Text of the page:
As April brought warmer (and muddier) days to Ottawa, it also brought a Canadian tradition one urban sugar shack has continued in the capital for 37 years: making maple syrup.
Muséoparc Vanier is one of 11 community museums and one of the few francophone heritage centres outside of Quebec.
Vanier is just five kilometres from the Parliament Buildings, and is considered a “francophone stronghold” in Ontario.
Located in the 17.5-acre urban park is the Vanier Sugar Shack at 300 Ave. Pères-Blancs.
Founded by the Pères-Blancs, a Catholic missionary group, the park and its native maple grove became home to its first sugar shack in 1939. A second shack was built in 1960.
“We have a lot of young families and it’s part of the learning and the importance of where the maple syrup comes from and how does that work. So, there’s a real educational side, a real history to that. I think there’s some nice ties to the Francophone community as well as the Indigenous community in the area.”— Rideau-Vanier Coun. Mathieu Fleury
The departure of the Pères-Blancs in 1976 meant the use of the property as a syrup-producing sugar bush stopped until mid-1990. The most recent sugar shack opened in 1999 and the group Action Vanier took charge of management and the organization of the Sugar Festival, that had been launched in 1986.
“We have a big tradition of maple tapping and maple syrup in the park,” said Annick Normand, manager of communications and marketing at Muséoparc. “The festival is just a highlight of this tradition every year.”
Promoting French-Canadian history and maple syrup production in a festival has become a popular, annual attraction, drawing upwards of 5,000 attendees on spring weekends, said Normand.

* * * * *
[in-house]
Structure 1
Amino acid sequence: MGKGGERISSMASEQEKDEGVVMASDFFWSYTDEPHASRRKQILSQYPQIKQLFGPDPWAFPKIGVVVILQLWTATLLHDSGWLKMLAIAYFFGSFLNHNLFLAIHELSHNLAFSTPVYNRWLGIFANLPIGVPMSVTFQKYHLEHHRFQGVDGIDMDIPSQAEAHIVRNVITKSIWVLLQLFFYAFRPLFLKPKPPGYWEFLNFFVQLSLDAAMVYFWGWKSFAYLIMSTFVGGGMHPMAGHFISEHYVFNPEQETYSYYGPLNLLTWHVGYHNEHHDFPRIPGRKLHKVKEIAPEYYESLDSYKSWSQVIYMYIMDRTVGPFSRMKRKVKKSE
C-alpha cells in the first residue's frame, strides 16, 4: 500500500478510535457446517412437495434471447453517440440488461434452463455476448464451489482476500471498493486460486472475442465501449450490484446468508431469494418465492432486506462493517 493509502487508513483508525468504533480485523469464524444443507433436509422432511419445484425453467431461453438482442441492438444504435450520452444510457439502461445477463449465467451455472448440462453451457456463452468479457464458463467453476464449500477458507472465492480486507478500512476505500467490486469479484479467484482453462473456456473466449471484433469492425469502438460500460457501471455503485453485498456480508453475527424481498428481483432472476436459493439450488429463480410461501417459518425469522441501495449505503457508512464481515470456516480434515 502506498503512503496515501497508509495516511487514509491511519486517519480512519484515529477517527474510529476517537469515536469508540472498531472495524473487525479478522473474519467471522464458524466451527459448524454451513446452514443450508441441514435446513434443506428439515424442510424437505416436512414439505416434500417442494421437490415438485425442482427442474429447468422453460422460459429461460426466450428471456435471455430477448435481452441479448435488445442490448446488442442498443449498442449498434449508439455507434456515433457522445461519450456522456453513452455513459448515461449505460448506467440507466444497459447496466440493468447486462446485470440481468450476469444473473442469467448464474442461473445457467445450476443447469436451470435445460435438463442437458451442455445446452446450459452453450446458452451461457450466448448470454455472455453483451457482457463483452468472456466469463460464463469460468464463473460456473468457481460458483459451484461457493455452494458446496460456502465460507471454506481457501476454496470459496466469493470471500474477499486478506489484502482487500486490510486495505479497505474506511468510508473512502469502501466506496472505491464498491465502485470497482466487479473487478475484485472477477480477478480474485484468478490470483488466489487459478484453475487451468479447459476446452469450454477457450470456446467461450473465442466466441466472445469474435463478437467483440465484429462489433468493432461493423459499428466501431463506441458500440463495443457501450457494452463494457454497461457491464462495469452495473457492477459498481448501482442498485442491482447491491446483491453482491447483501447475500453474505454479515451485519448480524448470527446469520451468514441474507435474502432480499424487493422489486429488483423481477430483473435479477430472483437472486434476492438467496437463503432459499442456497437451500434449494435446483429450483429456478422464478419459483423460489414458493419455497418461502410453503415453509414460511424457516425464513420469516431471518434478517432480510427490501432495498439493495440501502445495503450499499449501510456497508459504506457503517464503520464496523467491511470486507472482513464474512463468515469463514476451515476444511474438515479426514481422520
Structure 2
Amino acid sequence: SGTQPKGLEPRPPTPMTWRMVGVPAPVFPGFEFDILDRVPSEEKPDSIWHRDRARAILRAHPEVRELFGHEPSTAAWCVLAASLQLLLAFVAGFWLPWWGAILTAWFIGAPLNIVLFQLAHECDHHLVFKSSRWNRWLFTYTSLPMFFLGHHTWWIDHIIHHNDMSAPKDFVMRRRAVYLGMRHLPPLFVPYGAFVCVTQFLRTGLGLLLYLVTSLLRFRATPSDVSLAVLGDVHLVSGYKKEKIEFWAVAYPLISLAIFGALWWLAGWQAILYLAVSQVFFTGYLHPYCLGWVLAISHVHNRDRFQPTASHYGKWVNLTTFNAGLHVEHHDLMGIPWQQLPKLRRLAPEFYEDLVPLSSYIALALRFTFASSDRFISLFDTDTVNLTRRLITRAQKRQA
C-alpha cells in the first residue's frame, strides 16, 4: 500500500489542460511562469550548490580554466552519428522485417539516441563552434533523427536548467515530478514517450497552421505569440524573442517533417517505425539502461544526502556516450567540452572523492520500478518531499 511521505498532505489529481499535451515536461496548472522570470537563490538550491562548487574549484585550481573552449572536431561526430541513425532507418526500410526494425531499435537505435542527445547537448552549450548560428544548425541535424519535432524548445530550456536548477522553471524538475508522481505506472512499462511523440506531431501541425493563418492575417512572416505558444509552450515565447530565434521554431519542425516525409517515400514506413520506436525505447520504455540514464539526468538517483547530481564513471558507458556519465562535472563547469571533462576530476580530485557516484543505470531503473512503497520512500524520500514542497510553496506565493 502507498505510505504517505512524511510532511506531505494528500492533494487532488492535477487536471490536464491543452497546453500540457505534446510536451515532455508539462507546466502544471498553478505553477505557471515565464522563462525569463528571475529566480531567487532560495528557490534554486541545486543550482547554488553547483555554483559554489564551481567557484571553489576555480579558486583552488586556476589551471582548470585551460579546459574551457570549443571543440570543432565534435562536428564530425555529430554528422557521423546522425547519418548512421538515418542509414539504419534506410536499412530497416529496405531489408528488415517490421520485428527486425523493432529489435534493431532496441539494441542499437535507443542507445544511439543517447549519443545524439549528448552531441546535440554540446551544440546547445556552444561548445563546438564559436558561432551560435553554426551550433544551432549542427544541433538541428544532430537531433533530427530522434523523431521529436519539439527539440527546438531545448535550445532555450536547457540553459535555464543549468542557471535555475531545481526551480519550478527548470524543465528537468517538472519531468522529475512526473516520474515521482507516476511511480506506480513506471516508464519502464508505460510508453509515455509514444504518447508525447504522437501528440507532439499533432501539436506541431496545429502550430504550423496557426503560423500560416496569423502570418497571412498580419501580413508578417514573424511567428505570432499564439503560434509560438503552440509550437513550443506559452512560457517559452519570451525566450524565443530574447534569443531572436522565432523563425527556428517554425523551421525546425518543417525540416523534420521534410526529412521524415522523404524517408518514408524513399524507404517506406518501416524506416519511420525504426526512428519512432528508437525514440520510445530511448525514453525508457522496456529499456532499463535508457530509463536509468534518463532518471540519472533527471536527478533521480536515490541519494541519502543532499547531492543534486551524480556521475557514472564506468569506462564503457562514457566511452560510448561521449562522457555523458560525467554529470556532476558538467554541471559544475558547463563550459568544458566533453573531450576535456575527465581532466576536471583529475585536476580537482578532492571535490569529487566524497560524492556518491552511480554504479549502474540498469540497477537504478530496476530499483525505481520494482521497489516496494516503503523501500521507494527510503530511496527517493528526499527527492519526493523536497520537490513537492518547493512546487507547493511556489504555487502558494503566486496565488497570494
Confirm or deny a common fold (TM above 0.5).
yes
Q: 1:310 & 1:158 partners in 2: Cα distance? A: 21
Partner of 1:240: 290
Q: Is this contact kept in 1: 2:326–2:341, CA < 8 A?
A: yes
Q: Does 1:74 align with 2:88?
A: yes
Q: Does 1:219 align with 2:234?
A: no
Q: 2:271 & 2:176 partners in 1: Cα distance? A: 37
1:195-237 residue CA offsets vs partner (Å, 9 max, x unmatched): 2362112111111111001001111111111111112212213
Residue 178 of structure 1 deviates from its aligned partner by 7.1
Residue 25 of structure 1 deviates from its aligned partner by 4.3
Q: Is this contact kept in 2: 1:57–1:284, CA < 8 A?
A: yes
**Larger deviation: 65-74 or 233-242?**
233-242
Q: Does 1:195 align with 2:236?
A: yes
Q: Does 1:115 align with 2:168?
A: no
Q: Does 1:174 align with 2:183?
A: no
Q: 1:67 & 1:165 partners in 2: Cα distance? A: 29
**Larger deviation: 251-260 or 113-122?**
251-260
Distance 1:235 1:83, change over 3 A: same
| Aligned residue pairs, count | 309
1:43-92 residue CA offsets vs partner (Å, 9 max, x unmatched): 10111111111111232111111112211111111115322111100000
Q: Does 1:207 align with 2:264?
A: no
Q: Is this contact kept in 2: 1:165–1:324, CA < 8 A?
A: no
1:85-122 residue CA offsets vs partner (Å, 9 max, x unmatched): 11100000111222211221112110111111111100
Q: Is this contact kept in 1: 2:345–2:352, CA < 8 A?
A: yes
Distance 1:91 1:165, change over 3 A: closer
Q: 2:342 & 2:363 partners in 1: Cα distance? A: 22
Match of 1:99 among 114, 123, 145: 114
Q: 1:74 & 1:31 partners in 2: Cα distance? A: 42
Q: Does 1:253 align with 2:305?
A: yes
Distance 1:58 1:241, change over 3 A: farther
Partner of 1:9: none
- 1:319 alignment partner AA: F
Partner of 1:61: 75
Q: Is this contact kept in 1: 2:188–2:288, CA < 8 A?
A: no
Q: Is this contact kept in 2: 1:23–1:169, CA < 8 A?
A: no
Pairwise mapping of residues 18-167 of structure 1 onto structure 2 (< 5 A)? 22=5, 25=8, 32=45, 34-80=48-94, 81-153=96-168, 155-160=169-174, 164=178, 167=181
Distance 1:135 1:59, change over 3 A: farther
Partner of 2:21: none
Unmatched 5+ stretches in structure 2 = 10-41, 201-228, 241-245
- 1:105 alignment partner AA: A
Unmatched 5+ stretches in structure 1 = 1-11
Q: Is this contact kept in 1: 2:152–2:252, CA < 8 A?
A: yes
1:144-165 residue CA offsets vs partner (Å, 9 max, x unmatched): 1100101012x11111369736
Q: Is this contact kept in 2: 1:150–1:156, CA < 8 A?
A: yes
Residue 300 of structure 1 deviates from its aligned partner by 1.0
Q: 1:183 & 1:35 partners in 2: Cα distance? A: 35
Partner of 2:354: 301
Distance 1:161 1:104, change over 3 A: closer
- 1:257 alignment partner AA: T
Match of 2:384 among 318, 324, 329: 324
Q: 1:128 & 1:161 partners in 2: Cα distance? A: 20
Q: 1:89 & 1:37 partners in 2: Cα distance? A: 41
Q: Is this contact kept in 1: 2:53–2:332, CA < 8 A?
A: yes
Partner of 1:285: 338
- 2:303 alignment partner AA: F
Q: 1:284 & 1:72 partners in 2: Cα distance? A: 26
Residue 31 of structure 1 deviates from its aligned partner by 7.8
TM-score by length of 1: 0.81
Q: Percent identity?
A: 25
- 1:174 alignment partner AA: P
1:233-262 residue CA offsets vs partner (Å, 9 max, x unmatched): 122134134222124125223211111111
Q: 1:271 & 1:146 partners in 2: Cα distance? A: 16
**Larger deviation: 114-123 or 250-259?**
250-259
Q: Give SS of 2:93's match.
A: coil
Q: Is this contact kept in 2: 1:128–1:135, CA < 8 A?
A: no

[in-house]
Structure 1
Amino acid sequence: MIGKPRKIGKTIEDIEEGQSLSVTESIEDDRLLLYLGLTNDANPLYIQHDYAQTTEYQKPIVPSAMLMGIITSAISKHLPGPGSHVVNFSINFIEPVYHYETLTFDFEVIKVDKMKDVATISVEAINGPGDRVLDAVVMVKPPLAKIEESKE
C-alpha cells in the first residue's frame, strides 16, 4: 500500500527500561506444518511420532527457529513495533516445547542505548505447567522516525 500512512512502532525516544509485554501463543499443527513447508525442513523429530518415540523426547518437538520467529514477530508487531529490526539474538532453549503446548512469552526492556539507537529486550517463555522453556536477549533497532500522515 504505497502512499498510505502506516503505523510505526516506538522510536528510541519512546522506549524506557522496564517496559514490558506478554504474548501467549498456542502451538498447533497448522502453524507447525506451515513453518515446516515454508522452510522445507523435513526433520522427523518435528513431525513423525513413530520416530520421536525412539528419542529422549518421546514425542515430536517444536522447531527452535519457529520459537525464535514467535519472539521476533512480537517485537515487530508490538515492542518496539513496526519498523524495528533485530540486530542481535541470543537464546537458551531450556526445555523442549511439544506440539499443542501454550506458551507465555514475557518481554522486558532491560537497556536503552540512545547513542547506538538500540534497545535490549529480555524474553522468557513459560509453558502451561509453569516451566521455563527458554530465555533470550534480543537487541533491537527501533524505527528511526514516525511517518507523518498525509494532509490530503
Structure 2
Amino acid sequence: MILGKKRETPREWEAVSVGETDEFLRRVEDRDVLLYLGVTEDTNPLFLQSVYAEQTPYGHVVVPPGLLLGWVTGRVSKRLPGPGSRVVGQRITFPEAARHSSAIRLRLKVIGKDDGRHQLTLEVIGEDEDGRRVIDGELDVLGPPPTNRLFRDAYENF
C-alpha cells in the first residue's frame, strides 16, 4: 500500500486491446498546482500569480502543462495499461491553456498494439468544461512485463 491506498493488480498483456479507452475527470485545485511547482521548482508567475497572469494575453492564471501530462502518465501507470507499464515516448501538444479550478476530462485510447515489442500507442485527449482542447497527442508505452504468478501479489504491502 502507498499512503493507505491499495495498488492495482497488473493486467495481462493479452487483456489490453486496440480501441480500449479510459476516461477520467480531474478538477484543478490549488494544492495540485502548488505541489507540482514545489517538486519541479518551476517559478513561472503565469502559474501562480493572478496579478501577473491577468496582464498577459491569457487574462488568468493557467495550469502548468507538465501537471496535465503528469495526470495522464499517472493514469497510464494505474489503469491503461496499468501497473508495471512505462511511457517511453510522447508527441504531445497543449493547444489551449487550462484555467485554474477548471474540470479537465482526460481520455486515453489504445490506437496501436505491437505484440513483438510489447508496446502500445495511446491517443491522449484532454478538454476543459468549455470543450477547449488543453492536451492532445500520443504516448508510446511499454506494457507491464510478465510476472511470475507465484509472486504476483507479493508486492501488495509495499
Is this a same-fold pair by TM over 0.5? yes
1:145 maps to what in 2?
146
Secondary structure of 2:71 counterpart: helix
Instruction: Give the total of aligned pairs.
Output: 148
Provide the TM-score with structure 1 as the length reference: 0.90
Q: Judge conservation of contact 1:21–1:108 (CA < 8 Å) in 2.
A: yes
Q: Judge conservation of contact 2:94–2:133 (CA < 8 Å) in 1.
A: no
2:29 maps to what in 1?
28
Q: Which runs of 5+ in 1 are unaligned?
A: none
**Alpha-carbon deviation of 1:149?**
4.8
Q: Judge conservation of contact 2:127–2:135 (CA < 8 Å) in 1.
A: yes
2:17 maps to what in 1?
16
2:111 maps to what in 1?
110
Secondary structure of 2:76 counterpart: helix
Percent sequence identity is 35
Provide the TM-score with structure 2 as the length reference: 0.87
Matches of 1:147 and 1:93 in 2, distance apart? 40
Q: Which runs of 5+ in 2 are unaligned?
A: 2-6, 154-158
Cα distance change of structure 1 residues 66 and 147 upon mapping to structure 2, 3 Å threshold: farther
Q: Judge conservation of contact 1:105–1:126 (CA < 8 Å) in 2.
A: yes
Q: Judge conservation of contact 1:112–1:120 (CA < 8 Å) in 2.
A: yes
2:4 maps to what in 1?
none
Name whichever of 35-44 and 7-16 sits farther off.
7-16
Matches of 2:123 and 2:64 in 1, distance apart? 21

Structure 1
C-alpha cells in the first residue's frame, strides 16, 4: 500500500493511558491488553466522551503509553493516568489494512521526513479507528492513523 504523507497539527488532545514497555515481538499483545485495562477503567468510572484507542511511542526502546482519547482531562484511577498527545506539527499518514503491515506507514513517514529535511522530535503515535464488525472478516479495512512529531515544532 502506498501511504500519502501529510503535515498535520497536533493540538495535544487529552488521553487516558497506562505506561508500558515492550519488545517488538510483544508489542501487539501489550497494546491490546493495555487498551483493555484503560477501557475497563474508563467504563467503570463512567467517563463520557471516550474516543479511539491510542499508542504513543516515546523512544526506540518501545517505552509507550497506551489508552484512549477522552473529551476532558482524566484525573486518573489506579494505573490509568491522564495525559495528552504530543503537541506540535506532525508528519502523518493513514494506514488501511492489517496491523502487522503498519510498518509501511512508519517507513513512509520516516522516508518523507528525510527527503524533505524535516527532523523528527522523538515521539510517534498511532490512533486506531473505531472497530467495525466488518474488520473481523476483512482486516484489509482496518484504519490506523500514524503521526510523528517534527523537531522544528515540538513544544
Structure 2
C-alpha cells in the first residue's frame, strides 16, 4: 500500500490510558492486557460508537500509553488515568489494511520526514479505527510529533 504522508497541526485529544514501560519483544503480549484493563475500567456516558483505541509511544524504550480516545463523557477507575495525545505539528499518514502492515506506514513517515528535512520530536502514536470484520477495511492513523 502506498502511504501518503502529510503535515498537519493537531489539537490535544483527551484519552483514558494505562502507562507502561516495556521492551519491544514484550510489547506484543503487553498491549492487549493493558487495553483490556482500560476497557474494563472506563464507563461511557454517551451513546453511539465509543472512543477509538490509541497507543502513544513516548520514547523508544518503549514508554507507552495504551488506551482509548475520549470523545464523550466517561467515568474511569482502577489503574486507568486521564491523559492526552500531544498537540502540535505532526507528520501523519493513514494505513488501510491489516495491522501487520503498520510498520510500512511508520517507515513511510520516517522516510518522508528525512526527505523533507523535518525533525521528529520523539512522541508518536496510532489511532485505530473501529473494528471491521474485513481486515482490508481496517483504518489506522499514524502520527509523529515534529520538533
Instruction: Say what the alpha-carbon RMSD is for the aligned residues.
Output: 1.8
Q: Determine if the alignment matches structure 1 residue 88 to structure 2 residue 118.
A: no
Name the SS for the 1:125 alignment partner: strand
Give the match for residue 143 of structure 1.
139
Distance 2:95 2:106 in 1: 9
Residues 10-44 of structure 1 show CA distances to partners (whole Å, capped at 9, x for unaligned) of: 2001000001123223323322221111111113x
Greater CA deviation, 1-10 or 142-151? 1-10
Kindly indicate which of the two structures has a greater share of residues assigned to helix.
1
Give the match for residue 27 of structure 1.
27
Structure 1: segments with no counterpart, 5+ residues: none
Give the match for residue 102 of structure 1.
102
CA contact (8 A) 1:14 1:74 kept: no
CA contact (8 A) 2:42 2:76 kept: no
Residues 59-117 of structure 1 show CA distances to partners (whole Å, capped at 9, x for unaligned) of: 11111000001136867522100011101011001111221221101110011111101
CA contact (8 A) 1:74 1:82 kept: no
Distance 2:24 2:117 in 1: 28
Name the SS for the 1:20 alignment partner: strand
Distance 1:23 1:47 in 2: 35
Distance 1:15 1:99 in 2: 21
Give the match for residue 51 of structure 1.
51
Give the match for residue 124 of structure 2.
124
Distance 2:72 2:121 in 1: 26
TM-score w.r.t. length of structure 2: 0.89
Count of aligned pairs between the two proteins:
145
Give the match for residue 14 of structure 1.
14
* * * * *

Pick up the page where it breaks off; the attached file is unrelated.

This year, the festivities looked a little different. On Aug. 27, 2020, Ottawa Fire responded to a call reporting smoke and flames visible in the forest behind the Centre Richelieu-Vanier just before 6 a.m. The caller then confirmed that the Vanier Sugar Shack was on fire.
Rideau-Vanier Coun. Mathieu Fleury said the fire happened at the same time as a string of arsons in the Vanier neighbourhood.
Because of the pandemic and the destruction of the sugar shack, the 37th Sugar Festival was held online this year between April 1 and 9.
Organizers did their “own take on the advent calendar” this year, Normand explained. New video content and special activities included a musical performance, cooking workshop, selfie photo booth, a maple sugar pastry demonstration by Ottawa cooking school Cordon Bleu and more.
“From the outset, our intention in organizing this edition of the festival was to reconnect with traditions by bringing to people the types of festive and family-oriented experiences customarily found at the Sugar Festival, but this time in virtual form,” Muséoparc Vanier executive director Madeleine Meilleur said in a statement posted at the Muséoparc website.
Despite its unconventional delivery this year, the Muséoparc Vanier Sugar Festival continues to be important to the community, said Fleury.
“We have a lot of young families and it’s part of the learning and the importance of where the maple syrup comes from and how does that work,” Fleury explained. “So, there’s a real educational side, a real history to that. I think there’s some nice ties to the Francophone community as well as the Indigenous community in the area.”
Since the destructive fire two years ago, planning has continued to rebuild the Sugar Shack.
“Luckily, we’re at the phase where construction is beginning,” Fleury said at the time of the festival. “We’re days away, if not weeks away, from all the approvals in place to have the funding to rebuild.”
And with those strong intentions come strong hopes for the future of the Sugar Festival.“Hopefully next year we’ll have the Sugar Festival in person,” said Normand. “It’s really our goal — joping that everything will be less contagious and will have the Sugar Shack revealed by then.”
Members of the Muséoparc Vanier team said they look forward to welcoming back Ottawa residents in the fall of 2022 once reconstruction is complete.
“If folks are like me, generally, they love maple syrup,” said Fleury. “We all have a sweet tooth and it’s great that it comes from a local source with a very community lens into the effort.”
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